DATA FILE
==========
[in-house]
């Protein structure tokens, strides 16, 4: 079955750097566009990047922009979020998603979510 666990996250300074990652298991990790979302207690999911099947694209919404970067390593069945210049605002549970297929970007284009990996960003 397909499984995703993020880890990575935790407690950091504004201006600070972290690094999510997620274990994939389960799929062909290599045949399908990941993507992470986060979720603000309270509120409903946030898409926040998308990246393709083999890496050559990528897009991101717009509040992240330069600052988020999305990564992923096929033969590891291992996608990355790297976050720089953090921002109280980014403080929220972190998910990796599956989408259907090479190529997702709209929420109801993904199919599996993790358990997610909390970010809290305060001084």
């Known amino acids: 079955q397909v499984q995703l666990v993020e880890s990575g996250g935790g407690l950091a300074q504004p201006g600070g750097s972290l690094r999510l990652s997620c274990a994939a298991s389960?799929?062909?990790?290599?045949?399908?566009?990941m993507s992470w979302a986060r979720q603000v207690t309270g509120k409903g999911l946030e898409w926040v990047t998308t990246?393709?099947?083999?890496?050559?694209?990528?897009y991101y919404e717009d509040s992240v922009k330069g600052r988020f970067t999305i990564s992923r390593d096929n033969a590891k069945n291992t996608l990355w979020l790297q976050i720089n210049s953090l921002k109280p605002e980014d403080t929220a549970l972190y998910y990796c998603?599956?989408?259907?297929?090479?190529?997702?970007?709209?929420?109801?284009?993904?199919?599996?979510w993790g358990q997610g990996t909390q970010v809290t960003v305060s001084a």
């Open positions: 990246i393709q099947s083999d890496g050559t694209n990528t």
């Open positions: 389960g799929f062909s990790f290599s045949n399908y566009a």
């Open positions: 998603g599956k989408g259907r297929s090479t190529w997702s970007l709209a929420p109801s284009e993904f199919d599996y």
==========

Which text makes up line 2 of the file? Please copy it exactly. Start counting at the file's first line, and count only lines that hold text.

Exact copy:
């Protein structure tokens, strides 16, 4: 079955750097566009990047922009979020998603979510 666990996250300074990652298991990790979302207690999911099947694209919404970067390593069945210049605002549970297929970007284009990996960003 397909499984995703993020880890990575935790407690950091504004201006600070972290690094999510997620274990994939389960799929062909290599045949399908990941993507992470986060979720603000309270509120409903946030898409926040998308990246393709083999890496050559990528897009991101717009509040992240330069600052988020999305990564992923096929033969590891291992996608990355790297976050720089953090921002109280980014403080929220972190998910990796599956989408259907090479190529997702709209929420109801993904199919599996993790358990997610909390970010809290305060001084």